How Much Money Should You Have in an Emergency Fund?
Have you ever wondered if you have enough saved for a financial hardship like a job loss or massive unexpected health care costs? A couple’s best friend, and the solution to their worst financial nightmares, is an emergency fund. A strong emergency fund is your “insurance” for financial hardships. And the good news is: it’s free.
Don’t have an emergency fund?
Get one. Start with this: open an appropriate bank account for an emergency fund today. Now, get the balance of that account up to $1,000 as fast as you possibly can. That’s your bare minimum starting point for your emergency fund.
Hierarchy of financial needs
Remember studying Maslow’s Hierarchy of Needs in Psychology class? If you do, you’ll remember that the theory suggests that a human needs physical and safety (food, water, shelter) needs to be met before they can get to needs like confidence and creativity.
Well, if you’re married and you want to build a strong financial future for the two of you, you should look at an emergency fund as the “food, water, and shelter” of your financial needs.
The point of having an emergency fund is that you won’t have to go into debt if you run into a crisis.
Start with $1,000
As I stated before, it’s extremely important to have at least $1,000 in your emergency fund. This will at least give you some peace of mind. In order to get here, all you have to do is put the emergency fund into your budget.
“This month, we can put $500 into our emergency fund.”
Sweet! Next month you can match that and get to $1,000. Isn't math fun?
How much is enough?
After you’ve built a small emergency fund, the goal is to grow it to be 3-6 months of essential expenses (link to budget template blog article) for your family.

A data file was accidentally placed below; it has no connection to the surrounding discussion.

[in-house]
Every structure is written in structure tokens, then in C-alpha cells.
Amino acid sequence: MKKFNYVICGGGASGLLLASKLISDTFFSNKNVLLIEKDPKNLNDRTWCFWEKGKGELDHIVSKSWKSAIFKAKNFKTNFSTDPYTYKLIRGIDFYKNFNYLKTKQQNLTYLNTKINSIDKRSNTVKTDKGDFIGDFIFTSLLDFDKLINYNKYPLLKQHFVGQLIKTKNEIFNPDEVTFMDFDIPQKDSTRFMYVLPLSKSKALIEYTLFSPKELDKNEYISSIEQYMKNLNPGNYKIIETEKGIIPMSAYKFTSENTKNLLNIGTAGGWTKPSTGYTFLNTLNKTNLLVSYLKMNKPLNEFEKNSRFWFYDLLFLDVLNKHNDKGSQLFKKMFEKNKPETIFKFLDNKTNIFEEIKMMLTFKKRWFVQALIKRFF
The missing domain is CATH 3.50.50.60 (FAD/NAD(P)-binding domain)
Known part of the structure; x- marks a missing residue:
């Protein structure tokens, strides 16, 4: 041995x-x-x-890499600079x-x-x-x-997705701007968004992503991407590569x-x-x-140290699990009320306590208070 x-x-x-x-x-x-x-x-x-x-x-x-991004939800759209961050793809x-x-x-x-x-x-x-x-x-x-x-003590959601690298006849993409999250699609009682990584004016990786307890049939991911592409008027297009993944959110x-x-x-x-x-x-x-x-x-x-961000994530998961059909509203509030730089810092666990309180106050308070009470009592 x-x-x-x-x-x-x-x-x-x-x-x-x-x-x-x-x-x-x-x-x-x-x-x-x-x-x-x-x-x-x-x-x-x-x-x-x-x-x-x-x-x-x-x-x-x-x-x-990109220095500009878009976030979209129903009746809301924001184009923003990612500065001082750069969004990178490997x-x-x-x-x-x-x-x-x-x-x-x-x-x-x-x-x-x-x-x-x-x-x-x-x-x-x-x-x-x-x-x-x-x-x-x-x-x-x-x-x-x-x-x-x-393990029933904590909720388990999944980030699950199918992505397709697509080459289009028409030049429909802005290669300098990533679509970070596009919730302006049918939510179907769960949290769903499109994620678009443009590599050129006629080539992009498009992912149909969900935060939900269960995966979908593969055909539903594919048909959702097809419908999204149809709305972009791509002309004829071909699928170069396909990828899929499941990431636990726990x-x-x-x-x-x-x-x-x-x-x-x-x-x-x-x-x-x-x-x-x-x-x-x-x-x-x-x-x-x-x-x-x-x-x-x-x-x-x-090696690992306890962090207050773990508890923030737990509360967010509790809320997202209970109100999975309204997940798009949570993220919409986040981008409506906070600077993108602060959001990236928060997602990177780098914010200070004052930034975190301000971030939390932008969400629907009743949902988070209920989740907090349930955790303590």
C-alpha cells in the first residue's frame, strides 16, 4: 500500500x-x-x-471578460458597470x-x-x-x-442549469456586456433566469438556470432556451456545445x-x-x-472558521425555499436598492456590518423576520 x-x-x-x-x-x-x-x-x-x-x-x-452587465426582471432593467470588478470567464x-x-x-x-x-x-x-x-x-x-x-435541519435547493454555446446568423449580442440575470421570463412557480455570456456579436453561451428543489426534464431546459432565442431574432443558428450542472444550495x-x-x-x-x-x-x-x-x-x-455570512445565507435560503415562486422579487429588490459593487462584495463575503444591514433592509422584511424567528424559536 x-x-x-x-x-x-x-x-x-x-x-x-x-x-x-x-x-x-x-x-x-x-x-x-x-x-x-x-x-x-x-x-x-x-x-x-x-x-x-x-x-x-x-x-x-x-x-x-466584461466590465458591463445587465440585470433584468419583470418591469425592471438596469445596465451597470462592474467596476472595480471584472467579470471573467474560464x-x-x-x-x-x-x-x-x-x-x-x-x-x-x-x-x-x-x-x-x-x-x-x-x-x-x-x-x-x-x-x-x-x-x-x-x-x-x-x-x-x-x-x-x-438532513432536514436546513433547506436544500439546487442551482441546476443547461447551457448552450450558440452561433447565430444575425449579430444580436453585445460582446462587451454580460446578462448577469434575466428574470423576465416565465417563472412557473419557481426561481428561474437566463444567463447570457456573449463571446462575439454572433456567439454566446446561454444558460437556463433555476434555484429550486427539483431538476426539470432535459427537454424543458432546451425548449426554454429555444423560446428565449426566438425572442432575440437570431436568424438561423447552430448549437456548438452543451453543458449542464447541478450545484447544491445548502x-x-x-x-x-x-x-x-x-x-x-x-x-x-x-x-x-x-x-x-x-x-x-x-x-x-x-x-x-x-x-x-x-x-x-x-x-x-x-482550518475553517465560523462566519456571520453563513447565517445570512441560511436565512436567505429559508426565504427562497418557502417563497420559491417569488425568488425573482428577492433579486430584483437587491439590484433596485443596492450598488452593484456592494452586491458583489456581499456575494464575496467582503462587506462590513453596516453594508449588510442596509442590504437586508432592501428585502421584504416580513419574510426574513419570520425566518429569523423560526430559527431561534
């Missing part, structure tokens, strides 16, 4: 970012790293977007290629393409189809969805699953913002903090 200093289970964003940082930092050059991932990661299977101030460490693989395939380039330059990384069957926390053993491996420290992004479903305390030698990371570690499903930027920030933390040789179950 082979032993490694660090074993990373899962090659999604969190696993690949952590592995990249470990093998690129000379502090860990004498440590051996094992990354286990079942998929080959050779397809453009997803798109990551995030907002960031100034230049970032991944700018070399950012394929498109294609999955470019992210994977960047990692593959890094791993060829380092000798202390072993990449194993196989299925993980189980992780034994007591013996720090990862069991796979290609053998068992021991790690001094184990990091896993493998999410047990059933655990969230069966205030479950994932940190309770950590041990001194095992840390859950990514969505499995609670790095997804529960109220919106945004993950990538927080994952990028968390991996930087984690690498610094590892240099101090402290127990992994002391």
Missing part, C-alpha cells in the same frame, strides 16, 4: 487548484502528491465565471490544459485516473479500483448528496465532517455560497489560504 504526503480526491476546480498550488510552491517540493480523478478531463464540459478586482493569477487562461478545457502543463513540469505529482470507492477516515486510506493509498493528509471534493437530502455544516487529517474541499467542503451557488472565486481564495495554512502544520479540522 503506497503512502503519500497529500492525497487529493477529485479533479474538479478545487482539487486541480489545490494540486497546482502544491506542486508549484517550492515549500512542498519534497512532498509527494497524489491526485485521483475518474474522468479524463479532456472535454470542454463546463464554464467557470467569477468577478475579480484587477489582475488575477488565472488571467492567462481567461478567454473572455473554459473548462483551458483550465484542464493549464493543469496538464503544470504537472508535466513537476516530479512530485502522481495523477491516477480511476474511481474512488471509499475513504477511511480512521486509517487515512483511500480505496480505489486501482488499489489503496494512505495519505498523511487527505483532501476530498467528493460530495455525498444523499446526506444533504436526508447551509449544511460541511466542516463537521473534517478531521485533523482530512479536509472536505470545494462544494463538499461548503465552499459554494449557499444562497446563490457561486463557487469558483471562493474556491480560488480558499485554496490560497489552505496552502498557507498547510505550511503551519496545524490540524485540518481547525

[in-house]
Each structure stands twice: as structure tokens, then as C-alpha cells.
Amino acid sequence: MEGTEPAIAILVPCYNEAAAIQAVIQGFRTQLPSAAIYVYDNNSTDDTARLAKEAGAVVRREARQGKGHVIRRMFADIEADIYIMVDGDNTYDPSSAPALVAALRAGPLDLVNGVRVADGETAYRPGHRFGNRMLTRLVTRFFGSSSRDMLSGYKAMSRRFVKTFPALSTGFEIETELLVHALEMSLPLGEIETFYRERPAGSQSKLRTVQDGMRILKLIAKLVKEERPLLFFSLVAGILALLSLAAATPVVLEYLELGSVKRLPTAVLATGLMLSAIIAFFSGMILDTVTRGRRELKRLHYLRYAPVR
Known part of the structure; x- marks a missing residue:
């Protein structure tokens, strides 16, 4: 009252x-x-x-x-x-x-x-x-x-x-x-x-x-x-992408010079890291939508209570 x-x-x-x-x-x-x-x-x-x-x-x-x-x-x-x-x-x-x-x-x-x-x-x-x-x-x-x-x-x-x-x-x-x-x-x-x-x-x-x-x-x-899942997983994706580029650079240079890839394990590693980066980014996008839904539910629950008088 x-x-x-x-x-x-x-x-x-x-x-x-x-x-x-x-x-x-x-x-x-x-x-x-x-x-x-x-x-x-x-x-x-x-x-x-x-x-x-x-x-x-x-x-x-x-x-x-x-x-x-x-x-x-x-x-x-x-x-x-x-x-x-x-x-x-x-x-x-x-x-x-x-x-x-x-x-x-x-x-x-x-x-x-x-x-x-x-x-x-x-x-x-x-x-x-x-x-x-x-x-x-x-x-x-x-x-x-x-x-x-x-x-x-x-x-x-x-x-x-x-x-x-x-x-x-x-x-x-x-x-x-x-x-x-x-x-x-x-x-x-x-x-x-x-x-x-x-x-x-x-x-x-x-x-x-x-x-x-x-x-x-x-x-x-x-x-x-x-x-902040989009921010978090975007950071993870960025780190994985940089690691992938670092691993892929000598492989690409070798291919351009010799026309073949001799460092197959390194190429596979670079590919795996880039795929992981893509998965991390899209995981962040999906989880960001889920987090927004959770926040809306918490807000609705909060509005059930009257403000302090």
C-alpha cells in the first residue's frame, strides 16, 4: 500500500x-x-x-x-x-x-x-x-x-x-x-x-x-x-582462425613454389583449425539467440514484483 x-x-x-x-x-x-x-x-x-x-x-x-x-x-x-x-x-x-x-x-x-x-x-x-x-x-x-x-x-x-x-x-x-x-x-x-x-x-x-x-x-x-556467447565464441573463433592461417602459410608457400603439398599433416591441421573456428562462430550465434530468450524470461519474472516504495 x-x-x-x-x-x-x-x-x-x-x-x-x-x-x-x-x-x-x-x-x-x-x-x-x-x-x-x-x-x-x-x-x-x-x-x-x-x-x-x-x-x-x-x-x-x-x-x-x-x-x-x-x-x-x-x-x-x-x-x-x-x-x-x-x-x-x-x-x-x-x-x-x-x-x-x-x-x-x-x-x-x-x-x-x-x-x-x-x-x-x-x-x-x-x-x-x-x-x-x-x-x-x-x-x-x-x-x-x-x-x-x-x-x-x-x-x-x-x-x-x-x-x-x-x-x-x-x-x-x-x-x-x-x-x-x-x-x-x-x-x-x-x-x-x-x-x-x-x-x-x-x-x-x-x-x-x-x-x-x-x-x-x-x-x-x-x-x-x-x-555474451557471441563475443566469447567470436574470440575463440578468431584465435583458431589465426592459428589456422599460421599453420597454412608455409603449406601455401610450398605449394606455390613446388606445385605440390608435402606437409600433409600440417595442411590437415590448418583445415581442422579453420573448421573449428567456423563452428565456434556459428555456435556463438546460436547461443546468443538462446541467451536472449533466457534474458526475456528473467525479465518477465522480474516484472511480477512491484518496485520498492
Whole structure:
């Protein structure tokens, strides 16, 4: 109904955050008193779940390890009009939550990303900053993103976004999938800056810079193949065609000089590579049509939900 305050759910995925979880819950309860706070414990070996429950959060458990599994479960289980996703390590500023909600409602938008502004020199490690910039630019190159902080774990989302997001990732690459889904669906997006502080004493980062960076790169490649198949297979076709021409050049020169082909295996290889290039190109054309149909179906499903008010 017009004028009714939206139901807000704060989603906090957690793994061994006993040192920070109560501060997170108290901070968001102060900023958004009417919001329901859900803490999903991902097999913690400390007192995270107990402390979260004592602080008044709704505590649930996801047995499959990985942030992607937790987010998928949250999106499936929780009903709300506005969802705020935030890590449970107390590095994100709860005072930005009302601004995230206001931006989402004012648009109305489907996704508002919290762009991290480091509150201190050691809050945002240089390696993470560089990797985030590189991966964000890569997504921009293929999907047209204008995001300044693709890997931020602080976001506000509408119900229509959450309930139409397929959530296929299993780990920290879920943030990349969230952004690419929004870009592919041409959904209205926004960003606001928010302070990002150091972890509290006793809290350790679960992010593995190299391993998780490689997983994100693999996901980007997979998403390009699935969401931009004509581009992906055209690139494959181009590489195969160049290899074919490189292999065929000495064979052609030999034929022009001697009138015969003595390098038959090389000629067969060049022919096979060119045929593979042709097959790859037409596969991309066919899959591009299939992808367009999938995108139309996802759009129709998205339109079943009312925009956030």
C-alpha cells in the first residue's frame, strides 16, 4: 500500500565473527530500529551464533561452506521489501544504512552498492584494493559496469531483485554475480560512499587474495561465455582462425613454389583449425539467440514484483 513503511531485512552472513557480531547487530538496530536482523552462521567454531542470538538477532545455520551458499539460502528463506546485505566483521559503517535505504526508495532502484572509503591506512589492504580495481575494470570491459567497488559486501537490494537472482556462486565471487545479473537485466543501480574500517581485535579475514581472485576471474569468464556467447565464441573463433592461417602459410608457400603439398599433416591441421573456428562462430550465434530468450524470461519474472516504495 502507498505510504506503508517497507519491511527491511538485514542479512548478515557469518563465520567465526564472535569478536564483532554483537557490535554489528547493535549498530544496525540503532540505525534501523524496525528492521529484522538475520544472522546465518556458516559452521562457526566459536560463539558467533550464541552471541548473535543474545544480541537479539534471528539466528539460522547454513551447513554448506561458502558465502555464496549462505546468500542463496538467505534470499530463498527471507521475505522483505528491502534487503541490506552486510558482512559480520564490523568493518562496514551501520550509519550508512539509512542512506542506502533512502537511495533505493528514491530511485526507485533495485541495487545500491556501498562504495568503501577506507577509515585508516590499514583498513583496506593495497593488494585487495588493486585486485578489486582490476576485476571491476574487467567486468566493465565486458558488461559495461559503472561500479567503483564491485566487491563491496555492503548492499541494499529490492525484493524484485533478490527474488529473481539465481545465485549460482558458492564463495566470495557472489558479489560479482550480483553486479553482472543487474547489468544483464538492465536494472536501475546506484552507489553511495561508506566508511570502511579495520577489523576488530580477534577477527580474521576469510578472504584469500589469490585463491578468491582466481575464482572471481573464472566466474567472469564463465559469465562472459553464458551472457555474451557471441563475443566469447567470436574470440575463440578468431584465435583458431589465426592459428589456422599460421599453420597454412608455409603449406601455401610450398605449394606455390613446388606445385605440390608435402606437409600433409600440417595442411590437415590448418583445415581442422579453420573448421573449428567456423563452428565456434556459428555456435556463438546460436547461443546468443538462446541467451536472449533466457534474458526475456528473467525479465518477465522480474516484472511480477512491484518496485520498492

So, you just need to find out how much money your family needs to live on each month.
Then, decide how many months of income replacement you are comfortable with having saved. Are you a one income household? Then maybe you’ll want to save close to 6 months (or more) of expenses. This will give you a larger cushion if your main income source lost her/his job.
Are you a two income household? Then maybe you’ll be comfortable with having close to 3 months of expenses saved. Remember: this is a discussion you’ll have to have and agree on with your spouse.
Let’s do an example and some quick math.
Jimmy and Jane make a combined income of $87,000 a year (this number doesn’t matter).
They create a monthly budget, so they know they would need about $2,800 a month to survive if they both lost their jobs.
They decide, together, that they want to have 4 months worth of expenses saved up.
$2,800 in expenses replacement multiplied by 4 months equals $11,200.
There you have it! After you agree on how much money you would like to have in your emergency fund, all you have to do is save up!
Make your emergency fund a big part of your budget. Put as much as possible in that fund each month until you’ve reached your goal.
When you have that cushion, you will feel at ease about your ability to weather storms. If you total your car, you’ll be fine. Grab your partner and get going!